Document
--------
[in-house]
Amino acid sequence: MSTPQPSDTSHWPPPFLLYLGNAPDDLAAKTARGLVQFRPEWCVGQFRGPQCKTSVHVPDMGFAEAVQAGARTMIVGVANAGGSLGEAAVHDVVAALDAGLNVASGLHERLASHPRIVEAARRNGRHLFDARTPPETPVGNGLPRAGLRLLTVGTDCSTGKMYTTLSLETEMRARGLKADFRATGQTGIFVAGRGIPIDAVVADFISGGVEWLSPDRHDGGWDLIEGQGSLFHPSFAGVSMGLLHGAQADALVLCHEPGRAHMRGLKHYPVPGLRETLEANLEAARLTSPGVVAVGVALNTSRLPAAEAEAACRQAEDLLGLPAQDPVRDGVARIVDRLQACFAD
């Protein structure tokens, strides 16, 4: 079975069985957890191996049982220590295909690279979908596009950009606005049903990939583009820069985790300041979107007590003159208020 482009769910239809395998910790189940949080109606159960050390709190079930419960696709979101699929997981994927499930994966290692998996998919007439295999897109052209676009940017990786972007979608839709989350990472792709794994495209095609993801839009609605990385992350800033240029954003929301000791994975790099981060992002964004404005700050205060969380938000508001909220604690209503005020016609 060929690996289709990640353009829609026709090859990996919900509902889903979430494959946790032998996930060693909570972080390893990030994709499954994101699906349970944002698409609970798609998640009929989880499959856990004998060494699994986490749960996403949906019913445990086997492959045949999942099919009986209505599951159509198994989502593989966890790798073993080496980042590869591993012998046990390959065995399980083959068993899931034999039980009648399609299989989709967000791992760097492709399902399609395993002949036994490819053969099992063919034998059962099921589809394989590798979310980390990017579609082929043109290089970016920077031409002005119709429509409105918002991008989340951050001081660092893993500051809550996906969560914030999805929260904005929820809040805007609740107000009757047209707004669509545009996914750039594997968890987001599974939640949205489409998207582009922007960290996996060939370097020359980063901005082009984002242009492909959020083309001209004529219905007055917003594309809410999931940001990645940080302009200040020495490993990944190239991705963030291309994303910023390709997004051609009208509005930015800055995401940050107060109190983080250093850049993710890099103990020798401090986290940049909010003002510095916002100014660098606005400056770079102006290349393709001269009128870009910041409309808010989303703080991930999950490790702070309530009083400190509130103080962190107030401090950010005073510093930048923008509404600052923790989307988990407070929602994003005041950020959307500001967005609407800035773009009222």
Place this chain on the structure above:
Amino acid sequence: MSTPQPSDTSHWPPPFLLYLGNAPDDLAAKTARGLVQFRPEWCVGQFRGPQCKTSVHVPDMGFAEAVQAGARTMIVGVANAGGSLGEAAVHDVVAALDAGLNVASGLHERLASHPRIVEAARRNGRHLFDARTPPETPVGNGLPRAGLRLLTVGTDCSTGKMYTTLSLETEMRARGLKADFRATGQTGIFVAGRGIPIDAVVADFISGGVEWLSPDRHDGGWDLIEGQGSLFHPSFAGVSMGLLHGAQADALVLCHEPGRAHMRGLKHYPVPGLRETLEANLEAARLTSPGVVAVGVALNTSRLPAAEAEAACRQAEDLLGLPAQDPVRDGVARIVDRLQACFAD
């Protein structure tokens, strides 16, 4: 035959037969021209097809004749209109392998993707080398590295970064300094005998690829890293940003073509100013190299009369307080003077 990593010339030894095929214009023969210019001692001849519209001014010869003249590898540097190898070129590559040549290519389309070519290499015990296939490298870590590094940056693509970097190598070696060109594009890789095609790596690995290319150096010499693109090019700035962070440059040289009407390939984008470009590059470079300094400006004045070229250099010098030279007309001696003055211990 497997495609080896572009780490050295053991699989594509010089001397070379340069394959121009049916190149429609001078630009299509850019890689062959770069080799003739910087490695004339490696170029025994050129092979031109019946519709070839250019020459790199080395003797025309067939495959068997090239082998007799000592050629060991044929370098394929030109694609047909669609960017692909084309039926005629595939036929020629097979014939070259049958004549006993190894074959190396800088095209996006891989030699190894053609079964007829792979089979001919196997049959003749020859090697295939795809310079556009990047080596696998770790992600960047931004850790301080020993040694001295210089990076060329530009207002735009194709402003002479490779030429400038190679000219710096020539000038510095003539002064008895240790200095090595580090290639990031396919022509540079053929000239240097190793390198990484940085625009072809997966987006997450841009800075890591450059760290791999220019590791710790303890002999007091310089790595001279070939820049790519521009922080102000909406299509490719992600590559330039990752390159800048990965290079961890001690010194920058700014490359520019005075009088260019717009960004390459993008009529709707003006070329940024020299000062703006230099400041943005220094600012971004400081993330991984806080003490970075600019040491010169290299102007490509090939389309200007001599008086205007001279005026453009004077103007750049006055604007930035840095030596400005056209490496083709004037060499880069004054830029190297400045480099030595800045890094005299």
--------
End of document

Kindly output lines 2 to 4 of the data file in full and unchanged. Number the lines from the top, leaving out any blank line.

Amino acid sequence: MSTPQPSDTSHWPPPFLLYLGNAPDDLAAKTARGLVQFRPEWCVGQFRGPQCKTSVHVPDMGFAEAVQAGARTMIVGVANAGGSLGEAAVHDVVAALDAGLNVASGLHERLASHPRIVEAARRNGRHLFDARTPPETPVGNGLPRAGLRLLTVGTDCSTGKMYTTLSLETEMRARGLKADFRATGQTGIFVAGRGIPIDAVVADFISGGVEWLSPDRHDGGWDLIEGQGSLFHPSFAGVSMGLLHGAQADALVLCHEPGRAHMRGLKHYPVPGLRETLEANLEAARLTSPGVVAVGVALNTSRLPAAEAEAACRQAEDLLGLPAQDPVRDGVARIVDRLQACFAD
């Protein structure tokens, strides 16, 4: 079975069985957890191996049982220590295909690279979908596009950009606005049903990939583009820069985790300041979107007590003159208020 482009769910239809395998910790189940949080109606159960050390709190079930419960696709979101699929997981994927499930994966290692998996998919007439295999897109052209676009940017990786972007979608839709989350990472792709794994495209095609993801839009609605990385992350800033240029954003929301000791994975790099981060992002964004404005700050205060969380938000508001909220604690209503005020016609 060929690996289709990640353009829609026709090859990996919900509902889903979430494959946790032998996930060693909570972080390893990030994709499954994101699906349970944002698409609970798609998640009929989880499959856990004998060494699994986490749960996403949906019913445990086997492959045949999942099919009986209505599951159509198994989502593989966890790798073993080496980042590869591993012998046990390959065995399980083959068993899931034999039980009648399609299989989709967000791992760097492709399902399609395993002949036994490819053969099992063919034998059962099921589809394989590798979310980390990017579609082929043109290089970016920077031409002005119709429509409105918002991008989340951050001081660092893993500051809550996906969560914030999805929260904005929820809040805007609740107000009757047209707004669509545009996914750039594997968890987001599974939640949205489409998207582009922007960290996996060939370097020359980063901005082009984002242009492909959020083309001209004529219905007055917003594309809410999931940001990645940080302009200040020495490993990944190239991705963030291309994303910023390709997004051609009208509005930015800055995401940050107060109190983080250093850049993710890099103990020798401090986290940049909010003002510095916002100014660098606005400056770079102006290349393709001269009128870009910041409309808010989303703080991930999950490790702070309530009083400190509130103080962190107030401090950010005073510093930048923008509404600052923790989307988990407070929602994003005041950020959307500001967005609407800035773009009222």
Place this chain on the structure above: